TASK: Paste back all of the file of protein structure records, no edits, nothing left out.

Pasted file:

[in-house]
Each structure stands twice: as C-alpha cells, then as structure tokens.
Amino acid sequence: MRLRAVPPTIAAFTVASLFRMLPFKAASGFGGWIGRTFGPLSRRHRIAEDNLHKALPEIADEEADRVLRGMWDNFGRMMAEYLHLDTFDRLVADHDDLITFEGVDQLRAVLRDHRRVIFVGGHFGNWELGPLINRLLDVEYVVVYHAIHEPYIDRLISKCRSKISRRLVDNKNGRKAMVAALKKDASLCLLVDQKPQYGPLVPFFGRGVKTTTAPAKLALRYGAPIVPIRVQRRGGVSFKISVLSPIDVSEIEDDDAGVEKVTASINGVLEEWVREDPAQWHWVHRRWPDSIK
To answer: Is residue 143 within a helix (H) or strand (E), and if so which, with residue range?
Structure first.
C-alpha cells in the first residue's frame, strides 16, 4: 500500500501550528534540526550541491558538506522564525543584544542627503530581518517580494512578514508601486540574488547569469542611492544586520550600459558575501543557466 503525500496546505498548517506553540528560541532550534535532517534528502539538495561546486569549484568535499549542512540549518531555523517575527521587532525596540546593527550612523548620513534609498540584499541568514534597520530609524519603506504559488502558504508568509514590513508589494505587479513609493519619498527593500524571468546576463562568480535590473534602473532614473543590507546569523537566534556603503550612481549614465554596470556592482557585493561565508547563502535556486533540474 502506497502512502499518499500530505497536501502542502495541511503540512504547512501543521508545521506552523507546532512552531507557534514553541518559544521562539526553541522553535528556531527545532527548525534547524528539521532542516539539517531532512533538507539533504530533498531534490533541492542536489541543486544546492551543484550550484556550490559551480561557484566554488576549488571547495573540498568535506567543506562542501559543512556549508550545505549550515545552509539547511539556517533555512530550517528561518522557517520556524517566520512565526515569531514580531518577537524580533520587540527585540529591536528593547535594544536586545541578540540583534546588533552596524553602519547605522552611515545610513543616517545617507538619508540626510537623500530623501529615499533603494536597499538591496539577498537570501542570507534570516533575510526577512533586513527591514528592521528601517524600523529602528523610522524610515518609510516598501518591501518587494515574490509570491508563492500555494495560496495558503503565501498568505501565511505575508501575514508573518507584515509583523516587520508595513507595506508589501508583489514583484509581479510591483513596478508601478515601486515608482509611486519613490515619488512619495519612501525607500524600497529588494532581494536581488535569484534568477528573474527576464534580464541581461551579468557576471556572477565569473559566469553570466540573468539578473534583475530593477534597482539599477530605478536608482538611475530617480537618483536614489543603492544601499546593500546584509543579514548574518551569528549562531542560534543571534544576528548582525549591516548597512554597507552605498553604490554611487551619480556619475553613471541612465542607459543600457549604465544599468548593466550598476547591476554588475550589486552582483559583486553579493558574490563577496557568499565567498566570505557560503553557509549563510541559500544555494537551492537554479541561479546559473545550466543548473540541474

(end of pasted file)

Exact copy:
[in-house]
Each structure stands twice: as C-alpha cells, then as structure tokens.
Amino acid sequence: MRLRAVPPTIAAFTVASLFRMLPFKAASGFGGWIGRTFGPLSRRHRIAEDNLHKALPEIADEEADRVLRGMWDNFGRMMAEYLHLDTFDRLVADHDDLITFEGVDQLRAVLRDHRRVIFVGGHFGNWELGPLINRLLDVEYVVVYHAIHEPYIDRLISKCRSKISRRLVDNKNGRKAMVAALKKDASLCLLVDQKPQYGPLVPFFGRGVKTTTAPAKLALRYGAPIVPIRVQRRGGVSFKISVLSPIDVSEIEDDDAGVEKVTASINGVLEEWVREDPAQWHWVHRRWPDSIK
To answer: Is residue 143 within a helix (H) or strand (E), and if so which, with residue range?
Structure first.
C-alpha cells in the first residue's frame, strides 16, 4: 500500500501550528534540526550541491558538506522564525543584544542627503530581518517580494512578514508601486540574488547569469542611492544586520550600459558575501543557466 503525500496546505498548517506553540528560541532550534535532517534528502539538495561546486569549484568535499549542512540549518531555523517575527521587532525596540546593527550612523548620513534609498540584499541568514534597520530609524519603506504559488502558504508568509514590513508589494505587479513609493519619498527593500524571468546576463562568480535590473534602473532614473543590507546569523537566534556603503550612481549614465554596470556592482557585493561565508547563502535556486533540474 502506497502512502499518499500530505497536501502542502495541511503540512504547512501543521508545521506552523507546532512552531507557534514553541518559544521562539526553541522553535528556531527545532527548525534547524528539521532542516539539517531532512533538507539533504530533498531534490533541492542536489541543486544546492551543484550550484556550490559551480561557484566554488576549488571547495573540498568535506567543506562542501559543512556549508550545505549550515545552509539547511539556517533555512530550517528561518522557517520556524517566520512565526515569531514580531518577537524580533520587540527585540529591536528593547535594544536586545541578540540583534546588533552596524553602519547605522552611515545610513543616517545617507538619508540626510537623500530623501529615499533603494536597499538591496539577498537570501542570507534570516533575510526577512533586513527591514528592521528601517524600523529602528523610522524610515518609510516598501518591501518587494515574490509570491508563492500555494495560496495558503503565501498568505501565511505575508501575514508573518507584515509583523516587520508595513507595506508589501508583489514583484509581479510591483513596478508601478515601486515608482509611486519613490515619488512619495519612501525607500524600497529588494532581494536581488535569484534568477528573474527576464534580464541581461551579468557576471556572477565569473559566469553570466540573468539578473534583475530593477534597482539599477530605478536608482538611475530617480537618483536614489543603492544601499546593500546584509543579514548574518551569528549562531542560534543571534544576528548582525549591516548597512554597507552605498553604490554611487551619480556619475553613471541612465542607459543600457549604465544599468548593466550598476547591476554588475550589486552582483559583486553579493558574490563577496557568499565567498566570505557560503553557509549563510541559500544555494537551492537554479541561479546559473545550466543548473540541474